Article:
Carl Lutzer Headshot

Carl Lutzer

Director Honors Program
Honors Program
Academic Affairs
Professor, School of Mathematical Sciences

585-475-5133
Office Hours
M: 3-3:50 pm T: 10-10:50 am W: 3-3:50 pm R: 10-10:50 am
Office Location
Office Mailing Address
2354 Gosnell Building

Carl Lutzer

Director Honors Program
Honors Program
Academic Affairs
Professor, School of Mathematical Sciences

Education

BS, Michigan State University; MA, Ph.D., University of Kentucky

585-475-5133

Personal Links
Areas of Expertise

Currently Teaching

MATH-241
3 Credits
This course is an introduction to the basic concepts of linear algebra, and techniques of matrix manipulation. Topics include linear transformations, Gaussian elimination, matrix arithmetic, determinants, vector spaces, linear independence, basis, null space, row space, and column space of a matrix, eigenvalues, eigenvectors, change of basis, similarity and diagonalization. Various applications are studied throughout the course.
MATH-241H
3 Credits
This honors course introduces the basic concepts and techniques of linear algebra. Concepts are addressed at a higher level than the standard course in linear algebra, and the topic list is somewhat broader. Topics include linear independence and span, linear functions, solving systems of linear equations using Gaussian elimination, the arithmetic and algebra of matrices, basic properties and interpretation of determinants, vector spaces, the fundamental subspaces of a linear function, eigenvalues and eigenvectors, change of basis, similarity and diagonalization. Students will learn to communicate explanations of mathematical facts and techniques by participating in a collaborative workshop format, and will learn to use MATLAB to solve matrix equations.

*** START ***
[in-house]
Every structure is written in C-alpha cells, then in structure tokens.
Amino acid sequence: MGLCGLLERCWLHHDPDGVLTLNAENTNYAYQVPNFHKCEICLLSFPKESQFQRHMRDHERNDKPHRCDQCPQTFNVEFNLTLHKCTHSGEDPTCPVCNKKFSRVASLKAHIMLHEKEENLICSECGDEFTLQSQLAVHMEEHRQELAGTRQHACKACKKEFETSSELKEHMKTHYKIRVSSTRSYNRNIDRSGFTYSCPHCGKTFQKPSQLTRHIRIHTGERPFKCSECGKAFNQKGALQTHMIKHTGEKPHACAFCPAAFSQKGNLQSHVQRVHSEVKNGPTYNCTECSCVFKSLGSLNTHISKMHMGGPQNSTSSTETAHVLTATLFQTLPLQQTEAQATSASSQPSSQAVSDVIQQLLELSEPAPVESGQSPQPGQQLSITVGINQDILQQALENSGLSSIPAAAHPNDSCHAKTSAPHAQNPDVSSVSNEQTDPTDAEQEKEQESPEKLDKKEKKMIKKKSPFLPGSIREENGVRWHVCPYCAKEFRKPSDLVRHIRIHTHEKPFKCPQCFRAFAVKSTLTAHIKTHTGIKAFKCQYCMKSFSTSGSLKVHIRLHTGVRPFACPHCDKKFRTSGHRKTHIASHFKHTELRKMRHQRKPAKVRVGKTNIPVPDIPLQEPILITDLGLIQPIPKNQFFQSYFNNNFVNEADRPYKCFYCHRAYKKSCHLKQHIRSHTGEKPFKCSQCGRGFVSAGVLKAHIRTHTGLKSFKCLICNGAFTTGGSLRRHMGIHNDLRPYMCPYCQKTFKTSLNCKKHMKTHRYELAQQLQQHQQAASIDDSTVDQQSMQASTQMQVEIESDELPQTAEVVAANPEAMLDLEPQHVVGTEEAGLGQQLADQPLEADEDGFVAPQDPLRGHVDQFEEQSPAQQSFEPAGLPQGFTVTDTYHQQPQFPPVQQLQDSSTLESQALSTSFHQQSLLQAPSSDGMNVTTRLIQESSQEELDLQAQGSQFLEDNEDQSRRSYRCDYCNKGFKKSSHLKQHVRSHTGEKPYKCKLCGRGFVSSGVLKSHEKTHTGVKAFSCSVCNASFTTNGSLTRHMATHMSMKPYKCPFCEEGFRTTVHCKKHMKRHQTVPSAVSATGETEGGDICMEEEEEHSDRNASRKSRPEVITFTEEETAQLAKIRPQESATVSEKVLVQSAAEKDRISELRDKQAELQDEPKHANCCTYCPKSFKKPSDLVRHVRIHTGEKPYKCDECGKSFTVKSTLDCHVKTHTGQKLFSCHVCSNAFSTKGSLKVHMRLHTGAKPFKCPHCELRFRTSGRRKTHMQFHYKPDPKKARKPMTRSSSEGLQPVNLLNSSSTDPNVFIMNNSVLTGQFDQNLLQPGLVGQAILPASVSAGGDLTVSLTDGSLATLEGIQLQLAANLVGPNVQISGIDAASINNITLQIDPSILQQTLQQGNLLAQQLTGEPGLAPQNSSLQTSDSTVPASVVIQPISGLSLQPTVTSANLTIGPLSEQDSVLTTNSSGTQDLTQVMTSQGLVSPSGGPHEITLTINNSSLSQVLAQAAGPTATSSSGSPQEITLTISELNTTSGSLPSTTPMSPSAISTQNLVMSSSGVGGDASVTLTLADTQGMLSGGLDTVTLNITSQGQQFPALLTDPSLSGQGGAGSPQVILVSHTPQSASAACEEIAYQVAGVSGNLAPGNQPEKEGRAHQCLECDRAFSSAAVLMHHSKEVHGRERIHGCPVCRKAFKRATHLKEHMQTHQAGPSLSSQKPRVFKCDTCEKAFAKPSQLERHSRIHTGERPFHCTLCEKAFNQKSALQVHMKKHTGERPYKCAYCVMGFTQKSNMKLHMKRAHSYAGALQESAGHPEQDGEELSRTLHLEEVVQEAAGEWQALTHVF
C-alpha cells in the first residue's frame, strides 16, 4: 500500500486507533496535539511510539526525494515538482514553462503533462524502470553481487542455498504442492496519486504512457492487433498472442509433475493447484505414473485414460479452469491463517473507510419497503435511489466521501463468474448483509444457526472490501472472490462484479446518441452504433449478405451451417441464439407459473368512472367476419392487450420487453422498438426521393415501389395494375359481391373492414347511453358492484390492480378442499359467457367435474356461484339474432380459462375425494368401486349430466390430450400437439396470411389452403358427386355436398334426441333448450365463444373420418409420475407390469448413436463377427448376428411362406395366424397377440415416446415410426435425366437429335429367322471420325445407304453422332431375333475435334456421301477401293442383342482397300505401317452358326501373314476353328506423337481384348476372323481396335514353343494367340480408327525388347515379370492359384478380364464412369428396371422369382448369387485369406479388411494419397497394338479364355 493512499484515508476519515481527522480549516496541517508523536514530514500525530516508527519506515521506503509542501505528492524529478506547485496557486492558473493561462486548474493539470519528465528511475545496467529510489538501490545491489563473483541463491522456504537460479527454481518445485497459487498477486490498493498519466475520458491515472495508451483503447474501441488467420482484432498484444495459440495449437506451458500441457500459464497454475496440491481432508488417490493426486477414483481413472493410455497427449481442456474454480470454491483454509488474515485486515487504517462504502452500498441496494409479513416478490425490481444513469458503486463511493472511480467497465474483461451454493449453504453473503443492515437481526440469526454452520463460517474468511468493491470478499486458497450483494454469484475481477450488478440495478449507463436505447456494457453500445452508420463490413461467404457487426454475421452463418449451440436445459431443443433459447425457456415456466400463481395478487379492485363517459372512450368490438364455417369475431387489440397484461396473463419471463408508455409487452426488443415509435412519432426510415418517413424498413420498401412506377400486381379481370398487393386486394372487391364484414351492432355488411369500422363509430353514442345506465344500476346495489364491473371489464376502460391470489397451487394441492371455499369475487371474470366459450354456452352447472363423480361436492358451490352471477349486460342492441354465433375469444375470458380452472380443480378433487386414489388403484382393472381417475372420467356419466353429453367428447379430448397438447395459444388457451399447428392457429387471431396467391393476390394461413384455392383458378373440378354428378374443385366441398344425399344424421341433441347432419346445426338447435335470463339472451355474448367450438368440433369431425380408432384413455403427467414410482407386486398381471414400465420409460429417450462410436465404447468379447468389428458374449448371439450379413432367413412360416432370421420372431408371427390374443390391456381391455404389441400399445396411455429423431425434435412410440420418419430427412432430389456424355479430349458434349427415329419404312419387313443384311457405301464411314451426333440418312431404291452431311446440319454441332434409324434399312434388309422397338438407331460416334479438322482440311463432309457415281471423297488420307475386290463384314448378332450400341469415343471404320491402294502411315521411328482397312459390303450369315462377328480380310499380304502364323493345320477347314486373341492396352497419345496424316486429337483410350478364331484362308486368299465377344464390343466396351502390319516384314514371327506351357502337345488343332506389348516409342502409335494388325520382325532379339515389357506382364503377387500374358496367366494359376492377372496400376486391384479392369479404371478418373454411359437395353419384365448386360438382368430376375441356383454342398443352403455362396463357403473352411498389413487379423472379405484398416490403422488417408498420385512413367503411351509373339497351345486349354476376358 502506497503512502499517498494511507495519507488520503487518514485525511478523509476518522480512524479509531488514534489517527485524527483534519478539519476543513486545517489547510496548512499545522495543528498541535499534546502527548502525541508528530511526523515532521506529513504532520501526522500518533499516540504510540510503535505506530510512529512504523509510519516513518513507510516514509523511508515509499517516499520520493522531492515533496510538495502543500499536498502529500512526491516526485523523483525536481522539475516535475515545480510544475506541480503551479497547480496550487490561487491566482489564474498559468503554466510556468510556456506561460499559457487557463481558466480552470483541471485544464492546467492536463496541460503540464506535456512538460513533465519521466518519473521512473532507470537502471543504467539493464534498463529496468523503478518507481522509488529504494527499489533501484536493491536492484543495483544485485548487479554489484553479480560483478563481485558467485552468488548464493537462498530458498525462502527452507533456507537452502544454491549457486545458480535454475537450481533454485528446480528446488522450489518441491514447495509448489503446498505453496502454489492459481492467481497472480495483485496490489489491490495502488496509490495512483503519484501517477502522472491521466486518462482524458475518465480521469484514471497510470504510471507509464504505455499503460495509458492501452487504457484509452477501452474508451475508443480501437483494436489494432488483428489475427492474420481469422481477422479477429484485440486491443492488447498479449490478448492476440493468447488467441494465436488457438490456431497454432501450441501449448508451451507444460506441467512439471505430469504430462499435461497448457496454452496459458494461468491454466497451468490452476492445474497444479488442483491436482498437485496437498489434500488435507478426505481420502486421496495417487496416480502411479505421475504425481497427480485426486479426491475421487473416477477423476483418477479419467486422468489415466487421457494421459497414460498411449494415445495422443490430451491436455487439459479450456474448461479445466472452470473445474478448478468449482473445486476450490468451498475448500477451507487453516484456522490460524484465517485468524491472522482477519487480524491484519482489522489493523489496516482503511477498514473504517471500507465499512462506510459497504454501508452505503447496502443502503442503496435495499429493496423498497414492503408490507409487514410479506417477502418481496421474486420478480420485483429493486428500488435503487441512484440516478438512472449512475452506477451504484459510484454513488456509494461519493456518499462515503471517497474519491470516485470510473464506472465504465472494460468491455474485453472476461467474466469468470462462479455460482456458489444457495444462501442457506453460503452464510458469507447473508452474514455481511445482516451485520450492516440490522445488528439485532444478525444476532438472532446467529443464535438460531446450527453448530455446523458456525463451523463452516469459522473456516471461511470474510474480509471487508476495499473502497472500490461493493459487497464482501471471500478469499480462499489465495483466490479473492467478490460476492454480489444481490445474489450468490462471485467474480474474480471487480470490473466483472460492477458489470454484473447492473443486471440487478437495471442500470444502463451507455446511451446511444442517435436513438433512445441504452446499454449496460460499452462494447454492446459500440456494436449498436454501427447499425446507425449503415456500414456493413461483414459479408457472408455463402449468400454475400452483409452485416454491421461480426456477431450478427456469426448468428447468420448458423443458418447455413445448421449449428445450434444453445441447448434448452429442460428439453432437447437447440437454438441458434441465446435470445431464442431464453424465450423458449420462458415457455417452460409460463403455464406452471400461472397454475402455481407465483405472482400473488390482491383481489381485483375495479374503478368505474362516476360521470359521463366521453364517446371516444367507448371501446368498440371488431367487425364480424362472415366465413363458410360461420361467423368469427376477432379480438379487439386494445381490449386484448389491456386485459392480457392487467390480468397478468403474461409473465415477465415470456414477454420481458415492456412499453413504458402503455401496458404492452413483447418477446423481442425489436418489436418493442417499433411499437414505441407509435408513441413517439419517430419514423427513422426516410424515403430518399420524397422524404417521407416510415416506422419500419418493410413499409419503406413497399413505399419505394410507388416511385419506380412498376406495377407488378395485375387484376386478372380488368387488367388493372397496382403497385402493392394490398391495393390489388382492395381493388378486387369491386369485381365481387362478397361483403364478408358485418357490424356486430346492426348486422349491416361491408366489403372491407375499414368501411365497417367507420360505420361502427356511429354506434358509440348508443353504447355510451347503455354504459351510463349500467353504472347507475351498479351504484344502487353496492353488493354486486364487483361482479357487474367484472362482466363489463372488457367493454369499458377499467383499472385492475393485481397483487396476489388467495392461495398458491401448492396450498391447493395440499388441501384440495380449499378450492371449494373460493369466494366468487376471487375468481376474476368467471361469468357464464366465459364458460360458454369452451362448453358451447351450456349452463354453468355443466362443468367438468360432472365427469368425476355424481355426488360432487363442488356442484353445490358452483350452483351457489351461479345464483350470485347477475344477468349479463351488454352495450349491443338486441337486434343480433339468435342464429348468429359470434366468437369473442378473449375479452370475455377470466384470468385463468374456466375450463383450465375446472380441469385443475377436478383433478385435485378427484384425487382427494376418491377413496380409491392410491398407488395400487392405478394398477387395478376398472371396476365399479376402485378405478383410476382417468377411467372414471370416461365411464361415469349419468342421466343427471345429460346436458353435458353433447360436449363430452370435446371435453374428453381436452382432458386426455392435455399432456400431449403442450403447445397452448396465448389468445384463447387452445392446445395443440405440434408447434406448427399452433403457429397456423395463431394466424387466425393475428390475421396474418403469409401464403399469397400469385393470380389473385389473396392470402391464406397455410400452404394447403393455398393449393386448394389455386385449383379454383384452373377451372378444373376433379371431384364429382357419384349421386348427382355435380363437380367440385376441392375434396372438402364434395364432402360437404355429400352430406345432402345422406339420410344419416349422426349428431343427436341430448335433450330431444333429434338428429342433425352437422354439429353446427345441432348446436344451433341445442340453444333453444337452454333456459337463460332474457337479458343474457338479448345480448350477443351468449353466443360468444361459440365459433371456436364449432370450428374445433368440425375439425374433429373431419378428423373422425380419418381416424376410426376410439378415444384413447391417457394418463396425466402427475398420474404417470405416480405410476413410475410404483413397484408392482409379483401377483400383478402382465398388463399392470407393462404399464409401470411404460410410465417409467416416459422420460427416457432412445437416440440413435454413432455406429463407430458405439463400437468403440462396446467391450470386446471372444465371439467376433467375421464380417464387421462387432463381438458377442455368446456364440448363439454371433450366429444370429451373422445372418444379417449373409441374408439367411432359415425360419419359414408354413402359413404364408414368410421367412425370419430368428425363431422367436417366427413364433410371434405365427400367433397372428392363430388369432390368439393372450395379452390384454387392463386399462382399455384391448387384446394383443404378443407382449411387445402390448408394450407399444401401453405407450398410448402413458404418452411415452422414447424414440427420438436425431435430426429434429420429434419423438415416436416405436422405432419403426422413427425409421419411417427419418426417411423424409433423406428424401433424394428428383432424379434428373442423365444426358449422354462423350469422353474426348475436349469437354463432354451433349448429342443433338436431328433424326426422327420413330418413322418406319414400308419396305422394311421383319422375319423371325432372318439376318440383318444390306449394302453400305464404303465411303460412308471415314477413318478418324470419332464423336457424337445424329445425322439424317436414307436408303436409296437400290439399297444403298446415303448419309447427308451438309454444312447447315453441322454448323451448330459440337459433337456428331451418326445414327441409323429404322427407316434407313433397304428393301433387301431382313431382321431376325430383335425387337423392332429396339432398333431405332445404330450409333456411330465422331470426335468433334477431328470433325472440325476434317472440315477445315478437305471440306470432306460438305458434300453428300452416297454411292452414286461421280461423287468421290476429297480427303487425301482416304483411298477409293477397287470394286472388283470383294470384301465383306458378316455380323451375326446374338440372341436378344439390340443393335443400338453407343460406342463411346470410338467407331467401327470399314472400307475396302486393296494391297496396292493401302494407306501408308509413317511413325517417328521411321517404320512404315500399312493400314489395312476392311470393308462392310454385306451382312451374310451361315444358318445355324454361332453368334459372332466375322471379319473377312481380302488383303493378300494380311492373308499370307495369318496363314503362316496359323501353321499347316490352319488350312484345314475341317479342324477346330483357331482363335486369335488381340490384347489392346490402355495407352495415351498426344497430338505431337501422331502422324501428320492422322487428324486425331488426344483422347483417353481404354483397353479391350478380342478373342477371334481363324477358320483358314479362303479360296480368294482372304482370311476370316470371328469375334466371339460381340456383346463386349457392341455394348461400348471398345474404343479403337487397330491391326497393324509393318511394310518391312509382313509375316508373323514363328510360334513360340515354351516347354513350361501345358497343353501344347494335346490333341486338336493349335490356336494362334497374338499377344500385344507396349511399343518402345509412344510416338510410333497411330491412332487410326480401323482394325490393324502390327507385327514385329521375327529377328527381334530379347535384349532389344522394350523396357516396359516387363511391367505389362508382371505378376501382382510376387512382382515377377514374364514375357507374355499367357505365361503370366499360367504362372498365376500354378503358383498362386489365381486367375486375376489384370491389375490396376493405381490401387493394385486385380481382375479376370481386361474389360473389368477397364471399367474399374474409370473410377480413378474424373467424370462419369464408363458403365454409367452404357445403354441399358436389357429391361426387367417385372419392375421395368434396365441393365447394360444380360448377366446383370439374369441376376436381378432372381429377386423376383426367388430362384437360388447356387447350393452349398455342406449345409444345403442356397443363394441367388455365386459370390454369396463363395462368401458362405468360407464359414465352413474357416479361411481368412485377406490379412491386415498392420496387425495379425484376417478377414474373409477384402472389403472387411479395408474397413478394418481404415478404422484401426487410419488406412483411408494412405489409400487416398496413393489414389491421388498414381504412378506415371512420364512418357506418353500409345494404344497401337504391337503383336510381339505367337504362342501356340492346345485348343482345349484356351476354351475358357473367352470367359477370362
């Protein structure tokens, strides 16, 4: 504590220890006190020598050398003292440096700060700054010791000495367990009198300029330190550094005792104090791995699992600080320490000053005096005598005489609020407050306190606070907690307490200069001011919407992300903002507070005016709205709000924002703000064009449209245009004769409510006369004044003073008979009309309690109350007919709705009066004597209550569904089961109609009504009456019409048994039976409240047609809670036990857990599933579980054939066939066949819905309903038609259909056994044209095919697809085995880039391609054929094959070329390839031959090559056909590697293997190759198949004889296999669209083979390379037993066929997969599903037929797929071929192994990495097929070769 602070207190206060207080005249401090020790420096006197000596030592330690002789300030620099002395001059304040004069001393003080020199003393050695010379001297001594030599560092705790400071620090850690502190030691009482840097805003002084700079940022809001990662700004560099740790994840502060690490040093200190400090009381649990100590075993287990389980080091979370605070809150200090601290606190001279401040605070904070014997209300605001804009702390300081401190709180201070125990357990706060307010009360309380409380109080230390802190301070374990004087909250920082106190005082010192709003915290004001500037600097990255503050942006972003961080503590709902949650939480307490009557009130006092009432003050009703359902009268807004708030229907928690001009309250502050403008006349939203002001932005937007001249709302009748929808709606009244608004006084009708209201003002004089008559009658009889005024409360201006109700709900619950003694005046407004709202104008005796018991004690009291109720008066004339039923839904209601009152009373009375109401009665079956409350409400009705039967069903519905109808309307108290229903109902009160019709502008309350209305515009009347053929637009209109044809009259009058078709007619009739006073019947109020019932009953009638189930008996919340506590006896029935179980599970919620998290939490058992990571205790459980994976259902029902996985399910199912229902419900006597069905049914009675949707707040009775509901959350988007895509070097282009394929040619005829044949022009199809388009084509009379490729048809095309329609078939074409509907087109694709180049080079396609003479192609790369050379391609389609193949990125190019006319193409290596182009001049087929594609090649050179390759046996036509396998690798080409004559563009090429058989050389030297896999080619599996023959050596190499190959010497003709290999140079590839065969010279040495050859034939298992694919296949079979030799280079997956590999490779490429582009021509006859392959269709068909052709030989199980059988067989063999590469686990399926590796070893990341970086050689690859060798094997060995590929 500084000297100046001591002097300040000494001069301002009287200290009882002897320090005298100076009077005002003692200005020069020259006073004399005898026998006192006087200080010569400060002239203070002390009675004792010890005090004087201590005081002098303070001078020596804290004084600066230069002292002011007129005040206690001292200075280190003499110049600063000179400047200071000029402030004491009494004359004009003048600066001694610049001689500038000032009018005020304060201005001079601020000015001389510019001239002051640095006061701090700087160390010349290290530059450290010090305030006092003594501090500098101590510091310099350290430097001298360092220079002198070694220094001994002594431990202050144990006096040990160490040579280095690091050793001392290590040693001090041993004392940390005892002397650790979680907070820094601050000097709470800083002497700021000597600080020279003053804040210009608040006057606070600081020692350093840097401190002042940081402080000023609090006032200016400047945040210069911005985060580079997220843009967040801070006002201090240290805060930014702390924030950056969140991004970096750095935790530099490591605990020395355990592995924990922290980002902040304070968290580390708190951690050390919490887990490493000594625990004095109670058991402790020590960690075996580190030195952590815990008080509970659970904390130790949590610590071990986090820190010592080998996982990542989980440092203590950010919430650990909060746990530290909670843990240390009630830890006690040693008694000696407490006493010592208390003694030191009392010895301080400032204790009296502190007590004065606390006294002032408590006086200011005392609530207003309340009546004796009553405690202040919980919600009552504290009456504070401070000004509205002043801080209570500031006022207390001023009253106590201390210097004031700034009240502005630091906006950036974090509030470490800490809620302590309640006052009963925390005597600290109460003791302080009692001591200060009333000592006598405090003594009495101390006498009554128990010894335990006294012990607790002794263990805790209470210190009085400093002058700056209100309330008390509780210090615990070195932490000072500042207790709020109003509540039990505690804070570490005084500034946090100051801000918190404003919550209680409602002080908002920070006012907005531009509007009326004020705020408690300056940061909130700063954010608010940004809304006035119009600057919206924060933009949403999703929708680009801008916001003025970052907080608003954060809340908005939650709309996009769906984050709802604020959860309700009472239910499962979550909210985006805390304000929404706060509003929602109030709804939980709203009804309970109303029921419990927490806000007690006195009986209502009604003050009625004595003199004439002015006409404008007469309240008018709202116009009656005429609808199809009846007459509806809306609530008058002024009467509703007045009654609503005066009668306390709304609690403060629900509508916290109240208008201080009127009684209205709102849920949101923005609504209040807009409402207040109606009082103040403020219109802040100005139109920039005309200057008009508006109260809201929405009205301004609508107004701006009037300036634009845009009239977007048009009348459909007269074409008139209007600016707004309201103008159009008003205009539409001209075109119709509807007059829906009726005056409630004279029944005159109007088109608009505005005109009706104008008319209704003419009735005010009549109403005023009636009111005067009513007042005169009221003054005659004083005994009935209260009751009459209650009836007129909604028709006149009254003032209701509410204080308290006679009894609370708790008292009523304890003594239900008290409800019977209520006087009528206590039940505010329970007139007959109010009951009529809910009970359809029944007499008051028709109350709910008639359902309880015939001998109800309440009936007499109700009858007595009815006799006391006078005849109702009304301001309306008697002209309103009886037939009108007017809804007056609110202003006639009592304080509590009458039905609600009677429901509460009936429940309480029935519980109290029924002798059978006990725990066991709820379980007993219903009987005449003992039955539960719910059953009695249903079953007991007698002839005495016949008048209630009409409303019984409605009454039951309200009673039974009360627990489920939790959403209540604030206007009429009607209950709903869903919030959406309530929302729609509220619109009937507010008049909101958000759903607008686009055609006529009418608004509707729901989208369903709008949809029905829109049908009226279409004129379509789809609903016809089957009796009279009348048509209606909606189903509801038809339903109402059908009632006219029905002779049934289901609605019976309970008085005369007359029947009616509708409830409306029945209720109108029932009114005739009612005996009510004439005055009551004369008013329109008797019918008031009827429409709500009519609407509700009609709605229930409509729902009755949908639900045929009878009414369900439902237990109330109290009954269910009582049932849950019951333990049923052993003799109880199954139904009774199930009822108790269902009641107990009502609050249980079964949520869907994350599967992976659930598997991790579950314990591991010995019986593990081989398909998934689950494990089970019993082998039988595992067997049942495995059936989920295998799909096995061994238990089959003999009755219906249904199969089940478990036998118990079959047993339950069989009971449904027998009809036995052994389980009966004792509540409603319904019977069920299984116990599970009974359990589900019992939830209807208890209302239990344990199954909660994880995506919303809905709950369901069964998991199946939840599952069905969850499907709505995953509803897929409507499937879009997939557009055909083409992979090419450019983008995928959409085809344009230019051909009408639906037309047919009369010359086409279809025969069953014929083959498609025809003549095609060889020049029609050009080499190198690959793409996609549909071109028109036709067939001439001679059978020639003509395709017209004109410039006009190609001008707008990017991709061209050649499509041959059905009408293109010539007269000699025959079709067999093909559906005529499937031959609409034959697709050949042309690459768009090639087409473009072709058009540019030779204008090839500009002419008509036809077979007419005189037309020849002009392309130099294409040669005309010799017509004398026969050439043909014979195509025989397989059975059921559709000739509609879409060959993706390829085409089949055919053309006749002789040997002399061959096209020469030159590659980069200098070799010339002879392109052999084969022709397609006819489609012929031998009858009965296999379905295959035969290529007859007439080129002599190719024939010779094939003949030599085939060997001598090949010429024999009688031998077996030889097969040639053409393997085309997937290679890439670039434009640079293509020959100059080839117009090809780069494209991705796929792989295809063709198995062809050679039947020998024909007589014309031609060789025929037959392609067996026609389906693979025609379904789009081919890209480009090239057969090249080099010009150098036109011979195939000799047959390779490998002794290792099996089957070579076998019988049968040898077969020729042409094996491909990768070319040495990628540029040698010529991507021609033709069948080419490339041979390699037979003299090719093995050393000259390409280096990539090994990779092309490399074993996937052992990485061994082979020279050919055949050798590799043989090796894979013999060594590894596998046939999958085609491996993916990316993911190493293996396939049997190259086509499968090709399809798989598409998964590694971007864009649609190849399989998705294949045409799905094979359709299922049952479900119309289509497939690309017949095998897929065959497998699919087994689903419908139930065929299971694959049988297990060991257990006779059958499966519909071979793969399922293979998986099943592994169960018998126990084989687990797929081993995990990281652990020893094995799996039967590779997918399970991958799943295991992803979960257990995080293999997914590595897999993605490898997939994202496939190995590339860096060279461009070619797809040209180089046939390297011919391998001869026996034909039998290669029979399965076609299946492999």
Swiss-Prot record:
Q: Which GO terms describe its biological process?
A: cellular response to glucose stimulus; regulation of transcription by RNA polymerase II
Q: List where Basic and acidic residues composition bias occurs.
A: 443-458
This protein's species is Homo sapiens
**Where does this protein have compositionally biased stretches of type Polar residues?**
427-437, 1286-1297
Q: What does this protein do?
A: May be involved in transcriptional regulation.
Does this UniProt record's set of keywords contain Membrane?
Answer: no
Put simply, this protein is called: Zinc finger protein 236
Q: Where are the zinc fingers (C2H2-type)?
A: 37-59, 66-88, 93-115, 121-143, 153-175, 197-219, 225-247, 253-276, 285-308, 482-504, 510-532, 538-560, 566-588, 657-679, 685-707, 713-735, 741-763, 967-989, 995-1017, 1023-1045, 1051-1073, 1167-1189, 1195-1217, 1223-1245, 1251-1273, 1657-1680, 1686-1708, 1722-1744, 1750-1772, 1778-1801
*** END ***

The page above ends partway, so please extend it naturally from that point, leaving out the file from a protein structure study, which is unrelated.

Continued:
MATH-221H
4 Credits
This course is an honors version of MATH-221. It includes an introduction to vectors, surfaces, and multivariable functions. It covers limits, partial derivatives and differentiability, multiple integrals, Stokes’ Theorem, Green’s Theorem, the Divergence Theorem, and applications. Unlike MATH-221, students in this course will often be expected to learn elementary skills and concepts from their text so that in-class discussion can focus primarily on extending techniques, interpreting results, and exploring mathematical topics in greater depth; homework exercises and projects given in this class will require greater synthesis of concepts and skills, on average, than those in MATH-221. Students earning credit for this course cannot earn credit for MATH-219 or MATH-221.